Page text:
The GMAT has long been the standardized test used by business schools to screen applicants for admission. Recently, however, a new entrance exam has come onto the scene: the Executive Assessment (EA). The EA is rapidly gaining traction as more and more business programs are accepting it in lieu of the GMAT, and applicants are increasingly attracted to the Executive Assessment for a variety of reasons.
Given that the Executive Assessment was created by the same organization (the Graduate Management Admission Council) that created and administers the GMAT, some students mistakenly think of the EA as a shorter and easier version of the GMAT, "GMAT Lite" if you will. But there are several key differences between the two exams -- and those differences could make all the difference for you when determining which exam to take when applying to business school.
We break down the differences between the GMAT and Executive Assessment in detail in Episode 55 of The Dominate Test Prep Podcast,...
We’ve been getting a lot of questions about the Executive Assessment (EA) recently, so we wanted to address them head-on.
If you're not familiar with the Executive Assessment, it's an entrance exam that is being accepted by more and more top business schools as an alternative to the GMAT / GRE in the admissions process. Many of the Top 20 MBA Programs worldwide now accept the Executive Assessment, and the list of partner schools is growing every month.
The Executive Assessment is similar to the GMAT in a lot of ways, but there are several important differences. We put together the following video to highlight some of those key differences and share insight that will help you determine which exam to take.
Watch it here:
As I mention at the beginning of this video, some schools still only accept the Executive Assessment for their Executive MBA (EMBA) or evening / part-time MBA programs. So Step 1 would be to double-check the application requirements of the school(s) you're...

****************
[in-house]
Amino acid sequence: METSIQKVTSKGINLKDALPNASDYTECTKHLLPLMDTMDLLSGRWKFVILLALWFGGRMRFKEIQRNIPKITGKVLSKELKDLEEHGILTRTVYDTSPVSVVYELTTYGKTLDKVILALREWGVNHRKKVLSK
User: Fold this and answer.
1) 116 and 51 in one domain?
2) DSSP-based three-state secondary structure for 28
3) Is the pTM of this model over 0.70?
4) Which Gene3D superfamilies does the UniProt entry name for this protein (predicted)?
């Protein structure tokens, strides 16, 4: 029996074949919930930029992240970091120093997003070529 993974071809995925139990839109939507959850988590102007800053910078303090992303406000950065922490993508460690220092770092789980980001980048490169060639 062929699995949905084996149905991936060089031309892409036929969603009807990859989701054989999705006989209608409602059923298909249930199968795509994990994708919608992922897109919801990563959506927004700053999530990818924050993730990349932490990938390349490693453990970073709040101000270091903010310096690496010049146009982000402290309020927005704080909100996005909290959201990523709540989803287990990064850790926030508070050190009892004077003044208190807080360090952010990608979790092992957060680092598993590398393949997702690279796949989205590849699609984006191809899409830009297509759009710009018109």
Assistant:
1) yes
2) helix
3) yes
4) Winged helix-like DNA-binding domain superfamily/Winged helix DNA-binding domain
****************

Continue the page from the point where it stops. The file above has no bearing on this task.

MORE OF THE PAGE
You've invested time, effort, and money preparing for and taking your standardized test, and unfortunately the first attempt didn't quite go as planned. So, what now? Should you retake it? Or just apply with the score you have?
The answer to those questions isn't quite as straightforward as it may seem. Even if you were assured of improving the next time around, a higher score may not be necessary to get you accepted to your target program(s). There's a lot to consider when thinking about retaking your exam, and we break it all down for you in this episode of The Dominate Test Prep Podcast.
You can listen to the episode HERE:
Specifically, we run through the five (5) key questions you need to ask yourself to help decide whether taking the test again makes sense for you:
Test day is right around the corner.
What should you be doing in the final week leading up to the big day to maximize your preparation and ensure that you have the best possible result on your exam? We break it down for you day-by-day in episode 27 of The Dominate Test Prep Podcast, laying out for you exactly what you should be prioritizing each day starting "7 days out" to finish strong.
Listen to it HERE:
If you have a week or less before test day, these last-minute tips will help you know where to focus and ensure that you've covered all your bases heading in to the exam. Even if you still have a while, much of what we discuss will help you with your preparation in general -- and then you can revisit it as your final week gets closer.
The end is in sight... finish strong!
A DOSE OF MOTIVATION
"If you fail to plan, you are planning to fail." -- Benjamin Franklin
As always, be sure to subscribe to the podcast...
Most standardized tests have an essay component, and in this episode of The Dominate Test Prep Podcast we cover the 10 most important things you should do when crafting your essay response to ensure that you get a high score on test day -- perhaps even a perfect one!